Glaciers on the Antarctica Peninsula aren't losing ice as quickly as previous estimates suggested. Photo by A. E. Hogg/CPOM
May 2 (UPI) -- New research suggests ice flow among the glaciers on the southern Antarctic Peninsula isn't as dramatic as previously estimated.
Glacial flow has increased since the 1990s, glaciologists at Leeds University found, but only a third as much as what was previously reported by scientists at the University of Bristol.
"Dramatic changes have been reported in this part of Antarctica, so we took a closer look at how its glaciers have evolved using 25 years of satellite measurements dating back to the early 1990s," Leeds researcher Anna Hogg said in a news release.
Researchers used satellite data to track the advances of 30 different glaciers on the peninsula and found a significantly smaller rate of glacial advance and ice loss.
Bristol researchers reported significant ice loss and glacial thinning using a different set of satellite observations, but Hogg and her colleagues say their measurements don't agree with such an interpretation.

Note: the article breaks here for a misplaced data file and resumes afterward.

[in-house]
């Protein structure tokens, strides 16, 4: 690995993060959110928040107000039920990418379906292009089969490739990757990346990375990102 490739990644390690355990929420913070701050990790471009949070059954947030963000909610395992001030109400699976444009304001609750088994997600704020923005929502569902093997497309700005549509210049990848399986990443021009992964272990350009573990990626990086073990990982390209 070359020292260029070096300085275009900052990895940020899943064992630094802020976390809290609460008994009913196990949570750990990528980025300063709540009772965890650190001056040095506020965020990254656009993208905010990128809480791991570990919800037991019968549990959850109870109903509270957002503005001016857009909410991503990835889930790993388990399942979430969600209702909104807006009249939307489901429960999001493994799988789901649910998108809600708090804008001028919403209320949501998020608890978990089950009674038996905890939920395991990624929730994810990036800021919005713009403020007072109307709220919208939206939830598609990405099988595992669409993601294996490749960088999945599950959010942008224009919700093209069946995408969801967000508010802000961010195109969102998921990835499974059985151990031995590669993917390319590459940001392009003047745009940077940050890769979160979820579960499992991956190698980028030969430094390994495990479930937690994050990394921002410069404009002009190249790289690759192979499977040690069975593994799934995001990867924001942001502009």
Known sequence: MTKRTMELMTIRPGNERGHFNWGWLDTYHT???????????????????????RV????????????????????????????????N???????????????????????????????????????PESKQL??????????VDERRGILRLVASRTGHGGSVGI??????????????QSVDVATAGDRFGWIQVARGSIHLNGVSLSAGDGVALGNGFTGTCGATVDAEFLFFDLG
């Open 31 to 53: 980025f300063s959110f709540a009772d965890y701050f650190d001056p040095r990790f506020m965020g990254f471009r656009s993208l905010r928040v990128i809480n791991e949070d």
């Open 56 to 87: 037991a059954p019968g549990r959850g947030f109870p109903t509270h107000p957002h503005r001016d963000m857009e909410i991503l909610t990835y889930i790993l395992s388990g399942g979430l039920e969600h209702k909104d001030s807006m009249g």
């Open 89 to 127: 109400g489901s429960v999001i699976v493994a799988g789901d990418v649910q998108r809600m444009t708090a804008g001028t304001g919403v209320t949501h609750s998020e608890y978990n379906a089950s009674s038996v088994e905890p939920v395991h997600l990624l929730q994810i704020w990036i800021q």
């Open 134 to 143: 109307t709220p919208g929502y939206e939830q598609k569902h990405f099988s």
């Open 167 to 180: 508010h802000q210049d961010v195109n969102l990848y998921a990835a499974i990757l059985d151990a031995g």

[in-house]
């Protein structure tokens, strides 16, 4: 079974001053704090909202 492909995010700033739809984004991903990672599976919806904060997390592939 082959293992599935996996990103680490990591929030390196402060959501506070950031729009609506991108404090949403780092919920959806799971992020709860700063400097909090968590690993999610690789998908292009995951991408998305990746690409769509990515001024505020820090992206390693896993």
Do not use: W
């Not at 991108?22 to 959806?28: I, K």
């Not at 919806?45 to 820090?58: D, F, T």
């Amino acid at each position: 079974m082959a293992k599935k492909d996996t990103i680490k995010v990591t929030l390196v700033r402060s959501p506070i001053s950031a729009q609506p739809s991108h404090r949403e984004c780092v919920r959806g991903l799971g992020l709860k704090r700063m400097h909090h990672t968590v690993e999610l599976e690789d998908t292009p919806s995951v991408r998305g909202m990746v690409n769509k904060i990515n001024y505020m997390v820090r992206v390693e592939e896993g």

The latest study, published this week in the journal Geophysical Research Letters, suggests most of the glaciers in the region of the Antarctic Peninsula known as Palmer Land are still moving relatively slowly and have only accelerated slightly over the last two decades.
"It's possible that it has snowed less in this part of Antarctica in recent years -- that would also cause the glaciers to thin and lose mass, but it's a not a signal of dynamical imbalance," said Leeds researcher Andrew Shepherd.
The authors of the newest analysis say they aren't discounting the risk of climate change and global warming's effects on Antarctica glaciers. They say it's essential that scientists continue to monitor the impacts of warming on glaciers and sea level rise.
The highest rates of acceleration were measured among glaciers grounded at roughly 1,000 feet below sea level.
"We looked at water temperatures in front of the glaciers which have sped up the most, and we found that they flow through deep bedrock channels into the warmest layer of the ocean," Hogg said. "This circumpolar deep water, which is relatively warm and salty compared to other parts of the Southern Ocean, has warmed and shoaled in recent decades, and can melt ice at the base of glaciers which reduces friction and allows them to flow more freely."